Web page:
The ecology of Araucaria species in New Guinea. I. Ordination studies of forest types and environments
Enright, N.J. (1982) The ecology of Araucaria species in New Guinea. I. Ordination studies of forest types and environments. Australian Journal of Ecology, 7 (1). pp. 23-38.
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Previous studies of the ecology and regeneration strategies of Araucaria cunninghamii and A. hunsteinii in New Guinea rainforests have treated these species as ecologically identical and disagree concerning their ability to maintain a stable population size in forest communities dominated by angiosperms. Vegetation data from a number of 0.5 ha forest sites in New Guinea are analysed in order to characterize forest types and their environmental regimes in the altitudinal zone from 700 to 1500 m a.s.l. Particular attention is paid to forests containing Araucaria species. Nodal component analysis identifies a number of distinct forest types or ‘series’, each dominated by a different species. Continuity analysis displays the location of sites and species in non-linear ordination space.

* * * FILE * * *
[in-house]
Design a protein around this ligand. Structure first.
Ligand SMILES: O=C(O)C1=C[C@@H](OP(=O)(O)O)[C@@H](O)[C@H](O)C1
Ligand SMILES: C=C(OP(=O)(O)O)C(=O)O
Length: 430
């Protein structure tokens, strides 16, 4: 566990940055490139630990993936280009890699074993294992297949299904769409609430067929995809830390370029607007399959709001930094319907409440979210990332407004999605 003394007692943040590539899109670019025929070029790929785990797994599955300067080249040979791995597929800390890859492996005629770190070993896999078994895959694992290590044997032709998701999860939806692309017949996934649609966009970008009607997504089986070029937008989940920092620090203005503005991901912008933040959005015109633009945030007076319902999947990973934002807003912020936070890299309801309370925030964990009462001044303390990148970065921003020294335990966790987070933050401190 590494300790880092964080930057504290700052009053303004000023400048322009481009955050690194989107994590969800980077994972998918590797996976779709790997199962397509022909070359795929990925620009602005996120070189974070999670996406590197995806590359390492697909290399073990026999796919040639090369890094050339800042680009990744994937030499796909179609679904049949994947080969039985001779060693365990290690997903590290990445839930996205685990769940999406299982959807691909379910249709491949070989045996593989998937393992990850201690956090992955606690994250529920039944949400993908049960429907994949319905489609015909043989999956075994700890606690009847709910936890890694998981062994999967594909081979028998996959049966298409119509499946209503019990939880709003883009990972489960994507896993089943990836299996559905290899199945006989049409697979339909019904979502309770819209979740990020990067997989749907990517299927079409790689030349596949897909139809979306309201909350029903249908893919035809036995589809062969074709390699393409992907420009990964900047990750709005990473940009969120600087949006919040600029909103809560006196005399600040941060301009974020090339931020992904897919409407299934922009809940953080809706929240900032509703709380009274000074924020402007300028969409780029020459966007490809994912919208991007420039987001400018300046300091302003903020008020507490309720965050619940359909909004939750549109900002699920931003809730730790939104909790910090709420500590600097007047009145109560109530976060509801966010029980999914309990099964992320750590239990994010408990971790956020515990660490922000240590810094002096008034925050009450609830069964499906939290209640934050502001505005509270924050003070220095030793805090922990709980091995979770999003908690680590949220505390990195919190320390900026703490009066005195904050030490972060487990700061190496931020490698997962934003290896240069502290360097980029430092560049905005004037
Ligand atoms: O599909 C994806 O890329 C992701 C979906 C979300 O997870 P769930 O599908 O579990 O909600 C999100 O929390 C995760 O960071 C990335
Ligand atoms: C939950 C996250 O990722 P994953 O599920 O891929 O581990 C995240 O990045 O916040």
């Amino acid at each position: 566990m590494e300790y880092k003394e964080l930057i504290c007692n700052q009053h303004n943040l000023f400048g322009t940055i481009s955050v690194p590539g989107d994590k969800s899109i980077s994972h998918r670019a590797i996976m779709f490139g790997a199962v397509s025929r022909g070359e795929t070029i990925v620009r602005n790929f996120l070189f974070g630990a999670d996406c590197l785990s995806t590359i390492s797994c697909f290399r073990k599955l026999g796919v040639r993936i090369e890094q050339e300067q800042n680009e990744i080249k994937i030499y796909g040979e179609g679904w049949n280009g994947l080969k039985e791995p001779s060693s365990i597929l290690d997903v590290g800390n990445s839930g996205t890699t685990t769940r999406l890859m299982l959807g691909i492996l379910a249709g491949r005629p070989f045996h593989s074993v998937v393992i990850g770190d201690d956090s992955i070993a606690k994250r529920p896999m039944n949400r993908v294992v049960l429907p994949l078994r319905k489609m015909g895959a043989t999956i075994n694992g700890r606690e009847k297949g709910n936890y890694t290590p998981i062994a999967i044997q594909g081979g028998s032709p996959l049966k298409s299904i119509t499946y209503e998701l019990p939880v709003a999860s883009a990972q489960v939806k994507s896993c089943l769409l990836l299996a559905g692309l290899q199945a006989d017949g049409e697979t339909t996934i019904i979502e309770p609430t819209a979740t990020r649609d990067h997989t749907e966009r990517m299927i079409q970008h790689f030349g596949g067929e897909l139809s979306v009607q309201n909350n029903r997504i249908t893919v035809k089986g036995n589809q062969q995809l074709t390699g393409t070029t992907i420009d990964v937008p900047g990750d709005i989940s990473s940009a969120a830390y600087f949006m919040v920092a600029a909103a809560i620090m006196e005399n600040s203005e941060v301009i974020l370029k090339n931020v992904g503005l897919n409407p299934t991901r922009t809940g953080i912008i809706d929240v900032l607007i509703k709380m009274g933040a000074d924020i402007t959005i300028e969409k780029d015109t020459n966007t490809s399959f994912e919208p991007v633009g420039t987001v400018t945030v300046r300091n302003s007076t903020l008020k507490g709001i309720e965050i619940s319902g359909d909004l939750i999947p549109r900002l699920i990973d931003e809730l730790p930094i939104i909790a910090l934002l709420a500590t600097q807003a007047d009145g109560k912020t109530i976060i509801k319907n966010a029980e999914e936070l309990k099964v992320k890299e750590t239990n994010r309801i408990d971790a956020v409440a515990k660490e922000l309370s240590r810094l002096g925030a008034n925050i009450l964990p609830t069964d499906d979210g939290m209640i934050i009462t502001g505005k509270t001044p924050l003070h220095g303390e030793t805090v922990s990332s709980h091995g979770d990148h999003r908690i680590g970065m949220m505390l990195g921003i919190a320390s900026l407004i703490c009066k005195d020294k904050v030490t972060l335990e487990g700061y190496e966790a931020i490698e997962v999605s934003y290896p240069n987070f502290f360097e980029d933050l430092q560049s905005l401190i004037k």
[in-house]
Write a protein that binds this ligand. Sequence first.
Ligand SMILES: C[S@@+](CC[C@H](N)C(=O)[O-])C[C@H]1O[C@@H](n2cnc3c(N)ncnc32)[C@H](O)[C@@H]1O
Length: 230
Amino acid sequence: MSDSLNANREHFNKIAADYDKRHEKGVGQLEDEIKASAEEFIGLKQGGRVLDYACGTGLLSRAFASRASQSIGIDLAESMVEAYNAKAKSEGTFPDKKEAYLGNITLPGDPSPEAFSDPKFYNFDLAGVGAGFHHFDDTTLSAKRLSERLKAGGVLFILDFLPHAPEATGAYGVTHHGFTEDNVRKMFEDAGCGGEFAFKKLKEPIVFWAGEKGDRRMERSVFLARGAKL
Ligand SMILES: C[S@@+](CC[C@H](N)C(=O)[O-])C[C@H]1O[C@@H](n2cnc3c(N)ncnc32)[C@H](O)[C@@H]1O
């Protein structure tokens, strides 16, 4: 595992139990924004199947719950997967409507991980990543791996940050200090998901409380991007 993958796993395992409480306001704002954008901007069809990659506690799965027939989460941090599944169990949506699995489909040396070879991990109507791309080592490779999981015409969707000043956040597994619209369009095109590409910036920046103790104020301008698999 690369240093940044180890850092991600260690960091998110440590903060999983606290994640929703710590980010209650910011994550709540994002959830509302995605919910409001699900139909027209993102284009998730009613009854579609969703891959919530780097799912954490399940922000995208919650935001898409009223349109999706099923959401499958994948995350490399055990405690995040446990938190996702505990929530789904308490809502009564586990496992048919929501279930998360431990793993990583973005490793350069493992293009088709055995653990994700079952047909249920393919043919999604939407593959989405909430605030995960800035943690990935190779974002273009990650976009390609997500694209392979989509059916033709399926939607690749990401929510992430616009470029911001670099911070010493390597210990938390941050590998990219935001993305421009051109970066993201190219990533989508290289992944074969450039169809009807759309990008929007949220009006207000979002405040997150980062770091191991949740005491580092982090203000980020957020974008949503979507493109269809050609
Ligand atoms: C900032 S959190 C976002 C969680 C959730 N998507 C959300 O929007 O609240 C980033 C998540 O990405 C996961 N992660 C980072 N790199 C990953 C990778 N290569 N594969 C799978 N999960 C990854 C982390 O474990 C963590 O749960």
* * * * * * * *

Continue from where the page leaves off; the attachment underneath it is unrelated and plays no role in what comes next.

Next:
Subsequent regression of environmental data on the position of sites in ordination space shows that forest types are separated along gradients related to altitude and rainfall on the one hand, and soil nutrient concentrations on the other. A. cunninghamii is generally found in wetter and less nutrient-rich sites than A. hunsteinii. The analysis of species presence data, as opposed to quantitative data, shows that whilst forest types are easily differentiated according to their dominant species, changes in floristic composition are subtle along the altitudinal and other gradients recognized.
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